If this book is any indication of the quality of this new series, readers are in for a treat.
Thor, the Norse god of storms and thunder, looms large, particularly among the Vikings and along the whole sweep of North Atlantic islands west to Iceland. He is mentioned in numerous accounts, from pagan religions and the early Icelandic sagas known as the Eddas and onward to superhero stardom. What makes Davis’ retelling of the Thor story so gratifying and edifying is his willingness to delve into this vast literature and exhume the prize nuggets. He squares them to history—on Odin as the father of Thor: “this may be a later addition intended to bring Norse mythology into line with the classical Greek and Roman model”—as well as other literature. Thor emerges as an enthralling figure, brought out of the pagan world and stripped of his everyday importance as Christianity spread through Scandinavia. This is not to say that Davis avoids the great battles Thor has been said to have engaged in, from one with a woman who was revealed as the personification of old age to those against monsters of every ilk, and these make for rousing, intelligent reading. Illustrations include copious material from archives as well as dramatic, full-color paintings.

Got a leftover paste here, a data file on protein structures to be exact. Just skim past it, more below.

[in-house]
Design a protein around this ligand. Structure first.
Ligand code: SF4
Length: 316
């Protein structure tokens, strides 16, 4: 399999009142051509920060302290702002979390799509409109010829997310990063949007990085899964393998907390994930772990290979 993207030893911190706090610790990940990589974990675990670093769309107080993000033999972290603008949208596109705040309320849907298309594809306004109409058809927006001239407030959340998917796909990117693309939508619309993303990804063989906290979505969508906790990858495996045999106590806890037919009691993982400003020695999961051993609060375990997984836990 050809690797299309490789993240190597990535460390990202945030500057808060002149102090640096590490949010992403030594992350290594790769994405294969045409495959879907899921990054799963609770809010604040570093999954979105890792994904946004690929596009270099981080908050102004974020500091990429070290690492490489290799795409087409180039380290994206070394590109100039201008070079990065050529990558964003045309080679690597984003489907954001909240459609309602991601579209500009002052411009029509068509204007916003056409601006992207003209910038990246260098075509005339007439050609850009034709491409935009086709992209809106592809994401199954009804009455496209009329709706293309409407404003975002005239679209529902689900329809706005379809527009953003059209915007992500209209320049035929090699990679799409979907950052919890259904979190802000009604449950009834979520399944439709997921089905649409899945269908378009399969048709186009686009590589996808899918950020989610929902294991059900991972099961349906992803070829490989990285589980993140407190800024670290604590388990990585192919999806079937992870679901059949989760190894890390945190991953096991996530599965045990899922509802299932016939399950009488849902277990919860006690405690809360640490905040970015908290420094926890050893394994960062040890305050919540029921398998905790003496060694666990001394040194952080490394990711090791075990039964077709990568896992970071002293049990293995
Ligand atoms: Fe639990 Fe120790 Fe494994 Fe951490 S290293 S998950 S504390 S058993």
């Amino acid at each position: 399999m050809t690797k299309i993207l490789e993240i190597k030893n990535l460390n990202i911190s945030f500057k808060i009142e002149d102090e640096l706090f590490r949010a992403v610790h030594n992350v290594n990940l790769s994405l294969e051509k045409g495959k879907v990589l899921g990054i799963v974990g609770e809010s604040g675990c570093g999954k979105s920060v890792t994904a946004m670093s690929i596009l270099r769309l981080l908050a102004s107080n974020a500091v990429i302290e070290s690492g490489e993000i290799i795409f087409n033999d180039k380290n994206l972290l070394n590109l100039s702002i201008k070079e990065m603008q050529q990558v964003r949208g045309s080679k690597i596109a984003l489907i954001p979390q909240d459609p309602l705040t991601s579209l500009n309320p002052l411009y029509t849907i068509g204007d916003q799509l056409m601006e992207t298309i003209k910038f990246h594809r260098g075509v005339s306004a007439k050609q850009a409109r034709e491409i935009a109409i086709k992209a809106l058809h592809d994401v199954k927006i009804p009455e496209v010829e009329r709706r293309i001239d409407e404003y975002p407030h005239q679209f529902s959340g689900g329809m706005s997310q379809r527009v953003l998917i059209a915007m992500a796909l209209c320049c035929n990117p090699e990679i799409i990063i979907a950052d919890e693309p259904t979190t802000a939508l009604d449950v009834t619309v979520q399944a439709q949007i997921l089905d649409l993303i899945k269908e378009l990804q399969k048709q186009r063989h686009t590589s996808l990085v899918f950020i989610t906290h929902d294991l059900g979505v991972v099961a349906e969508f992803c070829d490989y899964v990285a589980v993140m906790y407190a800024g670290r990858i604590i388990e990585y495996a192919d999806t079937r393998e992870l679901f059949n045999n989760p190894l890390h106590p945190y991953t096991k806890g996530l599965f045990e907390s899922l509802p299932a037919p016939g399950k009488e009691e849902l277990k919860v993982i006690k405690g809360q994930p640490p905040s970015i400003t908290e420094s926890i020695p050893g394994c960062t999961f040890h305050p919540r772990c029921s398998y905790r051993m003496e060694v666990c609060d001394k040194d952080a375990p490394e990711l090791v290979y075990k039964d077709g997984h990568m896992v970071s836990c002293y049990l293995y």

As a vest-pocket history, this one likely won’t be beat anytime soon. (Mythology. 12 & up)